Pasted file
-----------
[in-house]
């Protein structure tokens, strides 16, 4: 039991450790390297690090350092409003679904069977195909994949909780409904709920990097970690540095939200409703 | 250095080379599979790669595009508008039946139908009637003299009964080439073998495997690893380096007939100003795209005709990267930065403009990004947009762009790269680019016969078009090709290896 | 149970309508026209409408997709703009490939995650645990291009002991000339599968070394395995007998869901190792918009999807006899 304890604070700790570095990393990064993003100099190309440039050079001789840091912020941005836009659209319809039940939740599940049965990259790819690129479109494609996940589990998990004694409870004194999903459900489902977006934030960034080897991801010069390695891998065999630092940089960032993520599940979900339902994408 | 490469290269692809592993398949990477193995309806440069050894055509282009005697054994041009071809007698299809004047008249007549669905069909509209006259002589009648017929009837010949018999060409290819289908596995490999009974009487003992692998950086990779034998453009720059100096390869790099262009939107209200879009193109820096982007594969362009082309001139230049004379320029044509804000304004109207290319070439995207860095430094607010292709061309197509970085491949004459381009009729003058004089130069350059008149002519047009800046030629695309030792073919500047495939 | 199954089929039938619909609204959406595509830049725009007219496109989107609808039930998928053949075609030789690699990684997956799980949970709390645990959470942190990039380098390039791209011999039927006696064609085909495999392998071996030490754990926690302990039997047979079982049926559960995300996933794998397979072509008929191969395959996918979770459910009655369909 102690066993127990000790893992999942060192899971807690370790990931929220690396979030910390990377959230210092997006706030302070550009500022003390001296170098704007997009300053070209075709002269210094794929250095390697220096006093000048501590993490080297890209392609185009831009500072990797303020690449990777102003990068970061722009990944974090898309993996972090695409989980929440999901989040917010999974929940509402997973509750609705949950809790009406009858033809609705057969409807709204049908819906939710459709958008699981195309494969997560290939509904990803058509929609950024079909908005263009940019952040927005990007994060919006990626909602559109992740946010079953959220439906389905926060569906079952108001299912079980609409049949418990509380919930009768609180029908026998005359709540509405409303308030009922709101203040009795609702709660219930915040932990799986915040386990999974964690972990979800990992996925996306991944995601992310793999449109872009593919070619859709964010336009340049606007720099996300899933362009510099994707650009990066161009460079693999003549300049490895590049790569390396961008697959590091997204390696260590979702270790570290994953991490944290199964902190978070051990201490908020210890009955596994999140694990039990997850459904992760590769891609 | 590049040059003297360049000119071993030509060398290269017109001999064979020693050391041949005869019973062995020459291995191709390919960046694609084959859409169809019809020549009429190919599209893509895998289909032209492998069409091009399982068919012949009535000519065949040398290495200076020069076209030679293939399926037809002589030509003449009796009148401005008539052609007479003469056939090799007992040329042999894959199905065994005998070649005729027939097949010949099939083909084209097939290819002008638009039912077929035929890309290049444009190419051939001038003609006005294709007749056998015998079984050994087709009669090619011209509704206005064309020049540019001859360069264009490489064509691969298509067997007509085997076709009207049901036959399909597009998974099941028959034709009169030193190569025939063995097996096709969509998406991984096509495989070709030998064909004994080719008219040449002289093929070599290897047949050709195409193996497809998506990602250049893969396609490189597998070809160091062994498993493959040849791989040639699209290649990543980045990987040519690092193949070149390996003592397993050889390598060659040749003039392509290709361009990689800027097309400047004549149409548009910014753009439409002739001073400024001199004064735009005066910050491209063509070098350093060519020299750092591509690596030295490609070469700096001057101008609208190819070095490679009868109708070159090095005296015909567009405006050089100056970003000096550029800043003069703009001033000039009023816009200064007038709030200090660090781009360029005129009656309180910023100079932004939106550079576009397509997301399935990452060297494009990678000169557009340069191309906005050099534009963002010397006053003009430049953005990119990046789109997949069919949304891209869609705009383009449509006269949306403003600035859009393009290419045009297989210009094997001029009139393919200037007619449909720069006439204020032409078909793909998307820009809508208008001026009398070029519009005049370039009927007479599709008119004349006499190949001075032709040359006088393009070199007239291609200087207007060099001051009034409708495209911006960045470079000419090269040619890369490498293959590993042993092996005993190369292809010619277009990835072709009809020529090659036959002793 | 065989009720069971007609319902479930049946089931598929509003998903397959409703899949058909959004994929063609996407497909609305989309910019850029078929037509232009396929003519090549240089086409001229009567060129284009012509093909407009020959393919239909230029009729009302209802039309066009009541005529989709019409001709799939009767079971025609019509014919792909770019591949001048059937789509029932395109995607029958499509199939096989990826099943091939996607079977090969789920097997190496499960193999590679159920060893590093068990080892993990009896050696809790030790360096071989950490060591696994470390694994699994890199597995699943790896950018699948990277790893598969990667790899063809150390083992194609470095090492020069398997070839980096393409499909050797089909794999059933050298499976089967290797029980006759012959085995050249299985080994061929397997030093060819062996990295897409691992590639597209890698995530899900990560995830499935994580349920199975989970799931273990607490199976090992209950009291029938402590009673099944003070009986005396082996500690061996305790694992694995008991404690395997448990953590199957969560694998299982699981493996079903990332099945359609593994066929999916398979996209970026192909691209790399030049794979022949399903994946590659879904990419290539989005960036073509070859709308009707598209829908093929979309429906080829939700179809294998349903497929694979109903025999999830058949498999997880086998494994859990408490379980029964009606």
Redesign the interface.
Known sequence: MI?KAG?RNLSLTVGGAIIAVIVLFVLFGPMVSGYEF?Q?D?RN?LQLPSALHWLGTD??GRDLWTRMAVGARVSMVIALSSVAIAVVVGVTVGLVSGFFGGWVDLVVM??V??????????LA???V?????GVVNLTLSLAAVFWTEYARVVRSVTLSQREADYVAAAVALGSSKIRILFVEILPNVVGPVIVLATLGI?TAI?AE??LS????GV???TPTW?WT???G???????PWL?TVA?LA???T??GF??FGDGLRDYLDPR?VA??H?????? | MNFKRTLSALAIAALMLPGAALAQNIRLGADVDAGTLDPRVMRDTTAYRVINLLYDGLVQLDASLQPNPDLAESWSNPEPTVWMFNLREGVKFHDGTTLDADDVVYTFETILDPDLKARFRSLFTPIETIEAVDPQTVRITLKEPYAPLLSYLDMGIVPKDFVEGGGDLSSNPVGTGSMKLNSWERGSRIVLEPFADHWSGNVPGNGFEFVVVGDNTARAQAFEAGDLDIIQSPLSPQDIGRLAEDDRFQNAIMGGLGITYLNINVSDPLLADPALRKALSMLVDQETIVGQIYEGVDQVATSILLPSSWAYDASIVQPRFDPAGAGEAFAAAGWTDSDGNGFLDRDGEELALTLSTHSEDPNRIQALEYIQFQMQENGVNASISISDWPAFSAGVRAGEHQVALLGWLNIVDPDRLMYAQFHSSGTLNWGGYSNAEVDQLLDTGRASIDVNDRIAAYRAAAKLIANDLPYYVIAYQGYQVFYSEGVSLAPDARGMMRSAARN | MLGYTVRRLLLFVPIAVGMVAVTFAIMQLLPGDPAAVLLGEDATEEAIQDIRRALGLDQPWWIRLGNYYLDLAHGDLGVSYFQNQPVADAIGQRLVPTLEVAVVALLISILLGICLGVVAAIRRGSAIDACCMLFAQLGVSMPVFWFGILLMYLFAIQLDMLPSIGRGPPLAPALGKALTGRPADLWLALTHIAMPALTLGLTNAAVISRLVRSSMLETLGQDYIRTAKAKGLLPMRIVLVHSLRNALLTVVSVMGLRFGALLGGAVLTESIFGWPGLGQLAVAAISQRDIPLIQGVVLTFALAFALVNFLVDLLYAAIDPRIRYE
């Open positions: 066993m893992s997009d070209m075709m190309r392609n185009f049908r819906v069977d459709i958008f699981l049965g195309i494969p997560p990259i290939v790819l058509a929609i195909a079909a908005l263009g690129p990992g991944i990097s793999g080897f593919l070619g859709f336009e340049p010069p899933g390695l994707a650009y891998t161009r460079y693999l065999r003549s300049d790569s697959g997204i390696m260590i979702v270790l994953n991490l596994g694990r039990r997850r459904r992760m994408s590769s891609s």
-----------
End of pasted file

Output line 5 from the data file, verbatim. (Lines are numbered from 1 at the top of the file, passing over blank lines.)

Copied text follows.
């Open positions: 066993m893992s997009d070209m075709m190309r392609n185009f049908r819906v069977d459709i958008f699981l049965g195309i494969p997560p990259i290939v790819l058509a929609i195909a079909a908005l263009g690129p990992g991944i990097s793999g080897f593919l070619g859709f336009e340049p010069p899933g390695l994707a650009y891998t161009r460079y693999l065999r003549s300049d790569s697959g997204i390696m260590i979702v270790l994953n991490l596994g694990r039990r997850r459904r992760m994408s590769s891609s």